Baldheads, White Heads, Monks and White-headed Patch Pied and similar pied markings in the Domestic Pigeon


The Baldhead pigeon is well known since the magnificent pictures of Fulton 1876 with English Short-Faced Tumblers: Pearl eyed with white head and relatively high cut, white primaries, white tail and belly. The term was also understood in Germany. Nevertheless, the regional name 'white head' has been retained for ‘Elbinger Weissköpfe’ and related breeds with the baldhead marking.


Baldhead in the ‚Illustrated Book of Pigeons‘ of Fulton 1876 und Elbing ‘Weißköpfe’ with the  Baldhead-Marking (at the right in the upper line) in the ‘Illustrirten Mustertaubenbuch’ of Gustav Prütz 1885.

White heads

The term 'white head' can be found in Germany not only as a misnomer for the Elbing Tumbler and related breeds, but also for Thuringian White Heads that are phenotypical not Baldheads. They show a white head with white tail, but colored primaries. Unlike baldheads, the eyes are dark and the belly is colored. Such pieds in a direct translation are also called 'White Head' in the English-speaking world, as in the standard work 'Encyclopedia of Pigeon Breeds' by Wendell M. Levi in ​​1965 to convince yourself. Thus the term should not be uncommon in the English speaking countries.


Thuringian White Head red and black

Monks 1st kind

The monk-marking of South German and Saxon Color Pigeons differs from baldheads by the dark eye and colored belly. As in Baldheads primaries and tail are white. You can find them also in Swiss Color Pigeons. The term monk was still literally translated as 'Monk Pigeon' by Lyell in 1881 in his ‘Fancy Pigeons’ (p. 93). In the breeding pen, this pied marking is more stable, more reliable than the more varied Baldhead marking.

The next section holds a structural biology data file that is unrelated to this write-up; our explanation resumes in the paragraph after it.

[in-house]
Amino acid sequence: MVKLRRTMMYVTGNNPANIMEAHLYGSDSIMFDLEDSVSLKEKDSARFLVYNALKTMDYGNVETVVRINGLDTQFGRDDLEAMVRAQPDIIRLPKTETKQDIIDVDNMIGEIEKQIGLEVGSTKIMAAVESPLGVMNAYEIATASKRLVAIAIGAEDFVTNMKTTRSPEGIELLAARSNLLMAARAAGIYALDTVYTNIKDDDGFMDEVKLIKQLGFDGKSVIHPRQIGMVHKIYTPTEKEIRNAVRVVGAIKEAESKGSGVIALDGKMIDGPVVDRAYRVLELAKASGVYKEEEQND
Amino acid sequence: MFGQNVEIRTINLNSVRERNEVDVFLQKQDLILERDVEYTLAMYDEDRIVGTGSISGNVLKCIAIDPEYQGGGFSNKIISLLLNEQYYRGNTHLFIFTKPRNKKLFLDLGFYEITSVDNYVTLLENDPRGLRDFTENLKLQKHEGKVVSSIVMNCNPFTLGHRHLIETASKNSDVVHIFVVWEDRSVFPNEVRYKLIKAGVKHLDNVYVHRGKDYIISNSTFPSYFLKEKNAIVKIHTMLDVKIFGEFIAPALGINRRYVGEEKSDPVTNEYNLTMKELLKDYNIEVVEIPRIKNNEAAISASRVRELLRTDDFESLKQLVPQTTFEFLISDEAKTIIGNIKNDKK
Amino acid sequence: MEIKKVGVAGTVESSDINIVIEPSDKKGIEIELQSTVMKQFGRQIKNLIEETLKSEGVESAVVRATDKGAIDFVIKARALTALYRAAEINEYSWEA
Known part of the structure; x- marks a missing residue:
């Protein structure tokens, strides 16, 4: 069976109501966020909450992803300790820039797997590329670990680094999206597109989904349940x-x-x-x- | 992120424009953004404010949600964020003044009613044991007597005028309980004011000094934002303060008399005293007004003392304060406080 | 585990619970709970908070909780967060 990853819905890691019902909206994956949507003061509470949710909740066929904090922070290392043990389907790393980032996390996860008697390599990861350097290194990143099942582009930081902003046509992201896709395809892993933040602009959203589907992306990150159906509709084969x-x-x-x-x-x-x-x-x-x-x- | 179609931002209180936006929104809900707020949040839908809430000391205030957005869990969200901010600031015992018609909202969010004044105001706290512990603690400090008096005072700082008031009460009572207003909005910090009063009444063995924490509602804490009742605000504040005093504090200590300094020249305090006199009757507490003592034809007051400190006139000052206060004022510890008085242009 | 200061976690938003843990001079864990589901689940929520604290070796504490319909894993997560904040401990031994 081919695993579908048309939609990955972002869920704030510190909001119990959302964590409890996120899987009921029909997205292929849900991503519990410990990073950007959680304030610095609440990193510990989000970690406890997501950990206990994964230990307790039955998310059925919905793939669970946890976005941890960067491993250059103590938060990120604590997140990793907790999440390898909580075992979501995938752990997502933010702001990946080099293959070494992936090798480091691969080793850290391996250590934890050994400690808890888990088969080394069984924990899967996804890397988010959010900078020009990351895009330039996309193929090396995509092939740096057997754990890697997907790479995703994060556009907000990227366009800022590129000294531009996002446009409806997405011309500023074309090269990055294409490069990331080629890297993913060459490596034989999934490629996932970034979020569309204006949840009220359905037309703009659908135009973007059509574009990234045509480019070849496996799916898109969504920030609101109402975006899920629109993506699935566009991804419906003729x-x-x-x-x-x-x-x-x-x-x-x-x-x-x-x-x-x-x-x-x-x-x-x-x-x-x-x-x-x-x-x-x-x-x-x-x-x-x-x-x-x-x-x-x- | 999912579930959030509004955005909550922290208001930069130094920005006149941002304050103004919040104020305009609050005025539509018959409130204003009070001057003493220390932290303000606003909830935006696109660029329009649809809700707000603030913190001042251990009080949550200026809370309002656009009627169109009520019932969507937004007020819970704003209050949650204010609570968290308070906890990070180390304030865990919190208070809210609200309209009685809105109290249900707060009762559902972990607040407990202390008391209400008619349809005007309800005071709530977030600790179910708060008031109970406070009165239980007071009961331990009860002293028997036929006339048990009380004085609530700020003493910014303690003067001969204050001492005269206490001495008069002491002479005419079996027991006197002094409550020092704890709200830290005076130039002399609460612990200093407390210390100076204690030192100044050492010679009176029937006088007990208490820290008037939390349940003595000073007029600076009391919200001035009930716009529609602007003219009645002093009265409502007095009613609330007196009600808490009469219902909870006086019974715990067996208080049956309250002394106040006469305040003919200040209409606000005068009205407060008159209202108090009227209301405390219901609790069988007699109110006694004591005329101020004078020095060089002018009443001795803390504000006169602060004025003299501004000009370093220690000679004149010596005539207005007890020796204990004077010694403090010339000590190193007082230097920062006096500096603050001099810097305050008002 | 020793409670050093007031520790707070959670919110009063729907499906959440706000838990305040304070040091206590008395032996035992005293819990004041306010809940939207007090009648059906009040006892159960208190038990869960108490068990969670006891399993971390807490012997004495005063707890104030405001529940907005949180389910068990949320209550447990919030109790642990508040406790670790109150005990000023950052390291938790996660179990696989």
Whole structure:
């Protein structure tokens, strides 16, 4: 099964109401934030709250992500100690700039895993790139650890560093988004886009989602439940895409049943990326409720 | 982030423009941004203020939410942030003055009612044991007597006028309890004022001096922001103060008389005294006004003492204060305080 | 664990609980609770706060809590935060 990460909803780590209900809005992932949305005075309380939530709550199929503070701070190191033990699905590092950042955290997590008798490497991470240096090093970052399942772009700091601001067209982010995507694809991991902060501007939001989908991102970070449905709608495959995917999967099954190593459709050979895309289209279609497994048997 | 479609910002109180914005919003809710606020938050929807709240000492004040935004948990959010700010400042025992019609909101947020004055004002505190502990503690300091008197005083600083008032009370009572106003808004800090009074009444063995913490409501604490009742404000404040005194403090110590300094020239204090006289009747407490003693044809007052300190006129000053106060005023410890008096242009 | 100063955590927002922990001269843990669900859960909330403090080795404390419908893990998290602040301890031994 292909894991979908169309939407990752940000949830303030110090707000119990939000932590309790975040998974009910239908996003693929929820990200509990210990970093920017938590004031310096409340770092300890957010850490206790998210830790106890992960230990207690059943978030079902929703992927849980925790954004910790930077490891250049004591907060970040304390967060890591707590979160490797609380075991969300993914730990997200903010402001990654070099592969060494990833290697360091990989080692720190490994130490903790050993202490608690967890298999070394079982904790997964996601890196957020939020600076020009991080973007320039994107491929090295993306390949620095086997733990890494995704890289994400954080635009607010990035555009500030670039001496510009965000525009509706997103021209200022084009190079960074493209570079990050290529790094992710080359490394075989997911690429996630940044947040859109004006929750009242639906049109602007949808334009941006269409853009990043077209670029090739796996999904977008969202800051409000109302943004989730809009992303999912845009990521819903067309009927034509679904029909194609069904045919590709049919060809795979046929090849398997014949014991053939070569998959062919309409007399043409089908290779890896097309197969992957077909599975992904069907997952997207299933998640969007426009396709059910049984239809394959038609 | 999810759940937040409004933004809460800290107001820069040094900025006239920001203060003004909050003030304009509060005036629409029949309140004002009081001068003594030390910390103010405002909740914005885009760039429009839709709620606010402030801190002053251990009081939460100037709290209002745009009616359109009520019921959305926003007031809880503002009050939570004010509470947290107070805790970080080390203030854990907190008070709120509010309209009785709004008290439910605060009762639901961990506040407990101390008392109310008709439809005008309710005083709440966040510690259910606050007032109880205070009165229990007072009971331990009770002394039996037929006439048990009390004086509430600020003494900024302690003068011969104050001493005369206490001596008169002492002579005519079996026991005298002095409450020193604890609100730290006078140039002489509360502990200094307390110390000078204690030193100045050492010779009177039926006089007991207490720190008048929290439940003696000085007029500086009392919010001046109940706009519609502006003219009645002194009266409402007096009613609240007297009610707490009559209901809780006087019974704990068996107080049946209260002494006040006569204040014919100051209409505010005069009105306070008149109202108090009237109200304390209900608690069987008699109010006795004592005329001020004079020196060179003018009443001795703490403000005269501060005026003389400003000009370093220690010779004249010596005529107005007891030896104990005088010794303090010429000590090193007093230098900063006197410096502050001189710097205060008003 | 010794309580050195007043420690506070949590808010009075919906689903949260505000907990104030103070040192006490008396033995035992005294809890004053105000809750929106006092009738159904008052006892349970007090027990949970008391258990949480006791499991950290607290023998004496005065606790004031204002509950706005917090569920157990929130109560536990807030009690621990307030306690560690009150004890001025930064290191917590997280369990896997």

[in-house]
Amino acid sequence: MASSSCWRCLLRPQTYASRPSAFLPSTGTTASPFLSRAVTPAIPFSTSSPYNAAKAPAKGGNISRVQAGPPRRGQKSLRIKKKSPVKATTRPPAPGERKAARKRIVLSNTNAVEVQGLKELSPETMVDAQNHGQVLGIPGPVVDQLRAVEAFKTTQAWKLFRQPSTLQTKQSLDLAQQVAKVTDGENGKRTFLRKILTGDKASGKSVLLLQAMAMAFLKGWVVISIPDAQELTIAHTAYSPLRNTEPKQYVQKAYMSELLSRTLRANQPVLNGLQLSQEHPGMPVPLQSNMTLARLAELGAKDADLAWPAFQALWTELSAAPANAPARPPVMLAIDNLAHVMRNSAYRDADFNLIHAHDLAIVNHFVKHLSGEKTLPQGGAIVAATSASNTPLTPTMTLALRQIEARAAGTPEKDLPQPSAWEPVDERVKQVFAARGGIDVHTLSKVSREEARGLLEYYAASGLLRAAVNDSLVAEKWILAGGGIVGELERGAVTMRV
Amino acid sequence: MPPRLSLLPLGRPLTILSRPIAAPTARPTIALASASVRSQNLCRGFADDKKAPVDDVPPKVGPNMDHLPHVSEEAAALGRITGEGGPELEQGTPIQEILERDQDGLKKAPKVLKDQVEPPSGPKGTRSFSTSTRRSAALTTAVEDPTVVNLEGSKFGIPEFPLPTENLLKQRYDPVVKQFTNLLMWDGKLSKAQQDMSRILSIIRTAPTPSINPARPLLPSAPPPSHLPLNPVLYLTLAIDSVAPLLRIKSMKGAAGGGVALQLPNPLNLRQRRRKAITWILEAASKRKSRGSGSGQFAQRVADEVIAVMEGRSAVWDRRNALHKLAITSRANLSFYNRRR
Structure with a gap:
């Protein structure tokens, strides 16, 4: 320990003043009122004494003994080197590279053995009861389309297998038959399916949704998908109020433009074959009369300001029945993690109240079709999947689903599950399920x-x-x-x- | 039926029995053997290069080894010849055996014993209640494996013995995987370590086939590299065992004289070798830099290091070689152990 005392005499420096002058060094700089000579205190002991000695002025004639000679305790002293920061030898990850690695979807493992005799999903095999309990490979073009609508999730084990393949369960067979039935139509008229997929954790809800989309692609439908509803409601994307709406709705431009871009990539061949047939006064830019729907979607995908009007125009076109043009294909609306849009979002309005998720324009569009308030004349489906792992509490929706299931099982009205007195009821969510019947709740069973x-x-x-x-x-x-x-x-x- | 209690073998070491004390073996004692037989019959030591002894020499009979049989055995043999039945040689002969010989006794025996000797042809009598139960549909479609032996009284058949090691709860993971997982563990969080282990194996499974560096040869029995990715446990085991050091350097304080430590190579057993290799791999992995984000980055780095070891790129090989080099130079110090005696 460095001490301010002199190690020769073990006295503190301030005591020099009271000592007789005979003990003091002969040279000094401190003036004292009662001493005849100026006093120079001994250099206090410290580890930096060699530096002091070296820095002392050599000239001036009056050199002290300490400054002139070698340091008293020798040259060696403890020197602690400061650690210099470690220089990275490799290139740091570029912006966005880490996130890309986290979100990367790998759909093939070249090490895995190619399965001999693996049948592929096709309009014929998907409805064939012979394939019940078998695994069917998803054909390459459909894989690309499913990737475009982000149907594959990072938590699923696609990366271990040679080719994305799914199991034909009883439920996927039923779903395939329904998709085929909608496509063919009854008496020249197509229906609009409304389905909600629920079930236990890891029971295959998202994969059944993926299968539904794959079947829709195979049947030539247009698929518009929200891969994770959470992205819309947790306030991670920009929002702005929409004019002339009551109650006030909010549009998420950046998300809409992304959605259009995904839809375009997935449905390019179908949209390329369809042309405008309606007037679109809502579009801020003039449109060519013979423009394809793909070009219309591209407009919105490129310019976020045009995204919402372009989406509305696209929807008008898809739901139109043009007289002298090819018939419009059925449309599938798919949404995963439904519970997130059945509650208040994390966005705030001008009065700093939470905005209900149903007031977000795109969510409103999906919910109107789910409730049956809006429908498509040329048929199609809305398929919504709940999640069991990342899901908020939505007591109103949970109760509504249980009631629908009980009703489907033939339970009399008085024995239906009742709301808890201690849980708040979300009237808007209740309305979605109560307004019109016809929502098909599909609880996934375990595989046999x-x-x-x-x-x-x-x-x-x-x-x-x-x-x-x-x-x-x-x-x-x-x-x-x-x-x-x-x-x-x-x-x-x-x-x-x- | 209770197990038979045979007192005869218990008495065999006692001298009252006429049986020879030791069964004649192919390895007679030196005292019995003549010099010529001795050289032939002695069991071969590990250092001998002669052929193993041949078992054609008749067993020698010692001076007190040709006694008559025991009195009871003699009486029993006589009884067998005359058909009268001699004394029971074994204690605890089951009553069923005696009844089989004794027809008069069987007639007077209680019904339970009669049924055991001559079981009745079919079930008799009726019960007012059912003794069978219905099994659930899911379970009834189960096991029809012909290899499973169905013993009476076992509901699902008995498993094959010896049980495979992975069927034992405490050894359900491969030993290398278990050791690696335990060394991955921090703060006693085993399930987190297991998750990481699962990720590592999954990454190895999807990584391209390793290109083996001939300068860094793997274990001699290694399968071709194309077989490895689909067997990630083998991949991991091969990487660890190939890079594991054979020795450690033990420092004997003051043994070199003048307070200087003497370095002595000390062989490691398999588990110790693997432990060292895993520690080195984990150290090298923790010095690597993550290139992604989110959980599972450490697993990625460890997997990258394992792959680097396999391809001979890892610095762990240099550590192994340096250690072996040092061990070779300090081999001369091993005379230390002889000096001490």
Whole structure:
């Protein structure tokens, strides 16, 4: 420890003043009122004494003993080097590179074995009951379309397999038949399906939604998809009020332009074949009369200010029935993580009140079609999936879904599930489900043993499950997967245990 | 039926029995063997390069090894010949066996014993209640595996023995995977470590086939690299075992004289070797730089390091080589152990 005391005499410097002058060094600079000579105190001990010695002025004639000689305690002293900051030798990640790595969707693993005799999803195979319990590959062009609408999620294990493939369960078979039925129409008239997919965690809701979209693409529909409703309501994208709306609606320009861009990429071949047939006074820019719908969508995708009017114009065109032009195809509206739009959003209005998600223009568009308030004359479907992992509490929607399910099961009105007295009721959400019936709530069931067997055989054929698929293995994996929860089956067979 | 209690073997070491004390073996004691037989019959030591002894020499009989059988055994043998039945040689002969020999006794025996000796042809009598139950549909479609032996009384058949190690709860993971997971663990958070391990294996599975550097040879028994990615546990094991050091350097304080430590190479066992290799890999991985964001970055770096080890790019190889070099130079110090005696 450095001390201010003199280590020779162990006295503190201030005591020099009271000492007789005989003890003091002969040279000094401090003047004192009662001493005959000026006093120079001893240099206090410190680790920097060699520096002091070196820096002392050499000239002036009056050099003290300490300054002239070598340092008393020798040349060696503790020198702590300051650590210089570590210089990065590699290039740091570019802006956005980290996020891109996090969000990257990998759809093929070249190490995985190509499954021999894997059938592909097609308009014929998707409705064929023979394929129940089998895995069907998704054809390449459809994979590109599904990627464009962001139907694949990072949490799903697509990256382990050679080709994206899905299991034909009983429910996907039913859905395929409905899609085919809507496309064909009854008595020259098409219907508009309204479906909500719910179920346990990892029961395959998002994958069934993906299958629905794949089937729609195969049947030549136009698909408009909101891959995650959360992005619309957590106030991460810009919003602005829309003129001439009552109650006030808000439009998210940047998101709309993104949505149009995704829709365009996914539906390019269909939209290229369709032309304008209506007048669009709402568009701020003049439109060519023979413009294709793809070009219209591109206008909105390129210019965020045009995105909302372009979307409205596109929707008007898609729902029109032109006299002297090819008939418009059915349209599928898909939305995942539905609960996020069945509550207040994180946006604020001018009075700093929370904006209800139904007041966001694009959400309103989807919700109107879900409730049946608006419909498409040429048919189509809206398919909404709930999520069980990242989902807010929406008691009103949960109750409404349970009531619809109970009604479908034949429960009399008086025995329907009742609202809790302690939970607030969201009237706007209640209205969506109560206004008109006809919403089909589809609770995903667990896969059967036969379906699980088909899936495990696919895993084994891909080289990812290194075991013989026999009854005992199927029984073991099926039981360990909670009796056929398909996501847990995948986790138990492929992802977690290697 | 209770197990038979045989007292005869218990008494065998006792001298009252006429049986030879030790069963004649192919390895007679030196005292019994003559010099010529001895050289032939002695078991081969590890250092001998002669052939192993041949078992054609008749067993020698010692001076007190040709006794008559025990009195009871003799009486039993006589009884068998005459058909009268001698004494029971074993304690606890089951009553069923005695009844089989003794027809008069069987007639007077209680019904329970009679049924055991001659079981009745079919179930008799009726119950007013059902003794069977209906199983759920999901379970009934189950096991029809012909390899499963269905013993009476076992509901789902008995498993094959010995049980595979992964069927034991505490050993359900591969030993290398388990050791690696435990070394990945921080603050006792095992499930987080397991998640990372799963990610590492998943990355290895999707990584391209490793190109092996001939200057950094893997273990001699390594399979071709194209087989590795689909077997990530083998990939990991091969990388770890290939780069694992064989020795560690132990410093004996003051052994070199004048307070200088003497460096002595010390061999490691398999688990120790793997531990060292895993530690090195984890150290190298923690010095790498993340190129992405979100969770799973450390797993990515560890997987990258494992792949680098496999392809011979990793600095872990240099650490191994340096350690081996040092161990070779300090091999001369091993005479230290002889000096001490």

Saxon Monk blue white bar and South German Monk blue laced

Monks 2nd kind (White Heads white Flights)

There is a second Monk Marking in the German Standard, white heads with white primaries, but colored tail. They exist in Color Pigeons, but also in Pouters and other breeds. These have, like ‘White Heads’ and Monks of the first kind, dark eyes and colored belly. At Gimpel Pigeons they were renamed some years ago into 'White-Heads', but not yet with consequences for the classification at shows. Such a 'monk' can be found on the cover of the book 'Genetik der Taubenfärbungen'



Gimpel gold blackwing monked, Gimpel copper blackwing monked (monk type 2 with colored tail)

Patch Pieds – Irregular Pied Marking

Patch Pied show irregular distributed colored patches at white ground or vice versa. Often they are provided with a larger white bib and also with partly or in total white tails and flights. The author had them in Racing Homers, Uzbek Tumblers and knows them from other races.


Patch Pieds at Uzbek Tumblers and Duneks

Vogtländer Trumpeter and other pieds

Vogtländer Trumpeters show a white head combined with white wings (and, since muffed, white muffs) and otherwise colored body. The white-headed individuals mated together inherit not true but split up in self white, selfs in another color, and the standard pied marking.


Vogtländer Trumpeter blue bar and blue check – heterozygous white head marking